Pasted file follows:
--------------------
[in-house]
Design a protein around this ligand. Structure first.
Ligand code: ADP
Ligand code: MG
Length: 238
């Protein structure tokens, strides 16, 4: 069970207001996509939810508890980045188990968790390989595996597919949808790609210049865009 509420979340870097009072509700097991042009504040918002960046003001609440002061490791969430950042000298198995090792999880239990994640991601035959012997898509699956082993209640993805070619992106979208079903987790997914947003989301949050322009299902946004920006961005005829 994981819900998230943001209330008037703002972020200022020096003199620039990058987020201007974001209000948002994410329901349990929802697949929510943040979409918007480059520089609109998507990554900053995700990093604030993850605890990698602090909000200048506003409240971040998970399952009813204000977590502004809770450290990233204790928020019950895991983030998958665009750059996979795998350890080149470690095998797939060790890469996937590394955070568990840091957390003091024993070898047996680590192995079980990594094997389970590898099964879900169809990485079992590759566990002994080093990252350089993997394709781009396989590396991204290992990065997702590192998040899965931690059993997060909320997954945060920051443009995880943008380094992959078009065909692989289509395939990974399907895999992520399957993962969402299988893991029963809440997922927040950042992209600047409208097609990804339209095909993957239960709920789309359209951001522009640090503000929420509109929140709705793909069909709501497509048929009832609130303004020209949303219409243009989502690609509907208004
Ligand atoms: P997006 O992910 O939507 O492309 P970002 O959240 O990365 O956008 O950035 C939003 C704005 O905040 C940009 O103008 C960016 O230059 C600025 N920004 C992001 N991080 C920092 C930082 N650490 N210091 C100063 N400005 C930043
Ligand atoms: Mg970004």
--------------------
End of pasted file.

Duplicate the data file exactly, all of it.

[in-house]
Design a protein around this ligand. Structure first.
Ligand code: ADP
Ligand code: MG
Length: 238
């Protein structure tokens, strides 16, 4: 069970207001996509939810508890980045188990968790390989595996597919949808790609210049865009 509420979340870097009072509700097991042009504040918002960046003001609440002061490791969430950042000298198995090792999880239990994640991601035959012997898509699956082993209640993805070619992106979208079903987790997914947003989301949050322009299902946004920006961005005829 994981819900998230943001209330008037703002972020200022020096003199620039990058987020201007974001209000948002994410329901349990929802697949929510943040979409918007480059520089609109998507990554900053995700990093604030993850605890990698602090909000200048506003409240971040998970399952009813204000977590502004809770450290990233204790928020019950895991983030998958665009750059996979795998350890080149470690095998797939060790890469996937590394955070568990840091957390003091024993070898047996680590192995079980990594094997389970590898099964879900169809990485079992590759566990002994080093990252350089993997394709781009396989590396991204290992990065997702590192998040899965931690059993997060909320997954945060920051443009995880943008380094992959078009065909692989289509395939990974399907895999992520399957993962969402299988893991029963809440997922927040950042992209600047409208097609990804339209095909993957239960709920789309359209951001522009640090503000929420509109929140709705793909069909709501497509048929009832609130303004020209949303219409243009989502690609509907208004
Ligand atoms: P997006 O992910 O939507 O492309 P970002 O959240 O990365 O956008 O950035 C939003 C704005 O905040 C940009 O103008 C960016 O230059 C600025 N920004 C992001 N991080 C920092 C930082 N650490 N210091 C100063 N400005 C930043
Ligand atoms: Mg970004």